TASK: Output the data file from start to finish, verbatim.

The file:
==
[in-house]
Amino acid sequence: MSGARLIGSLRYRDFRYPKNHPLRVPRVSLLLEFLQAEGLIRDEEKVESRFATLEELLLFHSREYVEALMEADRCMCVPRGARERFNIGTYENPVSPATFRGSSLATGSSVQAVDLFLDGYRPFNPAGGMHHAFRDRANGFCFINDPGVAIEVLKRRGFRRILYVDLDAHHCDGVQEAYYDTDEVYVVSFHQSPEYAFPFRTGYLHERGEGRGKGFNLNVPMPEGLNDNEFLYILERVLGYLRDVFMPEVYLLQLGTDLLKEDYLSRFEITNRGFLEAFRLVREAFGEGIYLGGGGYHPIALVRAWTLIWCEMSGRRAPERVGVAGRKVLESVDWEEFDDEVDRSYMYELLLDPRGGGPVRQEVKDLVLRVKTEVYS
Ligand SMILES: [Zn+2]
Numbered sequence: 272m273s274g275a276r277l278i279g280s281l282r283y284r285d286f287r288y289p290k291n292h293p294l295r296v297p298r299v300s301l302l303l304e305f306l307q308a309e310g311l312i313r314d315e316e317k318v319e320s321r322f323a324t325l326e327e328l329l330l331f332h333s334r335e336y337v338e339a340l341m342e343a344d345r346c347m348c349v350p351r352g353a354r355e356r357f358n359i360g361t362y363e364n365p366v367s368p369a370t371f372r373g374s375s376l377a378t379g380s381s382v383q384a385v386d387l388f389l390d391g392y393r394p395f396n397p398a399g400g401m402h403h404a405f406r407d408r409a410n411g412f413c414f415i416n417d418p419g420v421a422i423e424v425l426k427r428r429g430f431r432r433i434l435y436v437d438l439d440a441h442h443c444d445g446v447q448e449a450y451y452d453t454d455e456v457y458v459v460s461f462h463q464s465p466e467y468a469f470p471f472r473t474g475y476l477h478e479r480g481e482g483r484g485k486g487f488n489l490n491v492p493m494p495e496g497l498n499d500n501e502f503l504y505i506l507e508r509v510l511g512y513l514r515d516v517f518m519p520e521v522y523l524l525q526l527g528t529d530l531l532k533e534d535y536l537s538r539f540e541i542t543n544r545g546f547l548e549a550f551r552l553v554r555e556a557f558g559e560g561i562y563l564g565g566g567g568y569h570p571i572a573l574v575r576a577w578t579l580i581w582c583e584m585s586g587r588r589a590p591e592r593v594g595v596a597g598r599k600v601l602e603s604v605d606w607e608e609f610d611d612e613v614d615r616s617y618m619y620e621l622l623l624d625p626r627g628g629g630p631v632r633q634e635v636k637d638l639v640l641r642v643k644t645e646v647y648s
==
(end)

[in-house]
Amino acid sequence: MSGARLIGSLRYRDFRYPKNHPLRVPRVSLLLEFLQAEGLIRDEEKVESRFATLEELLLFHSREYVEALMEADRCMCVPRGARERFNIGTYENPVSPATFRGSSLATGSSVQAVDLFLDGYRPFNPAGGMHHAFRDRANGFCFINDPGVAIEVLKRRGFRRILYVDLDAHHCDGVQEAYYDTDEVYVVSFHQSPEYAFPFRTGYLHERGEGRGKGFNLNVPMPEGLNDNEFLYILERVLGYLRDVFMPEVYLLQLGTDLLKEDYLSRFEITNRGFLEAFRLVREAFGEGIYLGGGGYHPIALVRAWTLIWCEMSGRRAPERVGVAGRKVLESVDWEEFDDEVDRSYMYELLLDPRGGGPVRQEVKDLVLRVKTEVYS
Ligand SMILES: [Zn+2]
Numbered sequence: 272m273s274g275a276r277l278i279g280s281l282r283y284r285d286f287r288y289p290k291n292h293p294l295r296v297p298r299v300s301l302l303l304e305f306l307q308a309e310g311l312i313r314d315e316e317k318v319e320s321r322f323a324t325l326e327e328l329l330l331f332h333s334r335e336y337v338e339a340l341m342e343a344d345r346c347m348c349v350p351r352g353a354r355e356r357f358n359i360g361t362y363e364n365p366v367s368p369a370t371f372r373g374s375s376l377a378t379g380s381s382v383q384a385v386d387l388f389l390d391g392y393r394p395f396n397p398a399g400g401m402h403h404a405f406r407d408r409a410n411g412f413c414f415i416n417d418p419g420v421a422i423e424v425l426k427r428r429g430f431r432r433i434l435y436v437d438l439d440a441h442h443c444d445g446v447q448e449a450y451y452d453t454d455e456v457y458v459v460s461f462h463q464s465p466e467y468a469f470p471f472r473t474g475y476l477h478e479r480g481e482g483r484g485k486g487f488n489l490n491v492p493m494p495e496g497l498n499d500n501e502f503l504y505i506l507e508r509v510l511g512y513l514r515d516v517f518m519p520e521v522y523l524l525q526l527g528t529d530l531l532k533e534d535y536l537s538r539f540e541i542t543n544r545g546f547l548e549a550f551r552l553v554r555e556a557f558g559e560g561i562y563l564g565g566g567g568y569h570p571i572a573l574v575r576a577w578t579l580i581w582c583e584m585s586g587r588r589a590p591e592r593v594g595v596a597g598r599k600v601l602e603s604v605d606w607e608e609f610d611d612e613v614d615r616s617y618m619y620e621l622l623l624d625p626r627g628g629g630p631v632r633q634e635v636k637d638l639v640l641r642v643k644t645e646v647y648s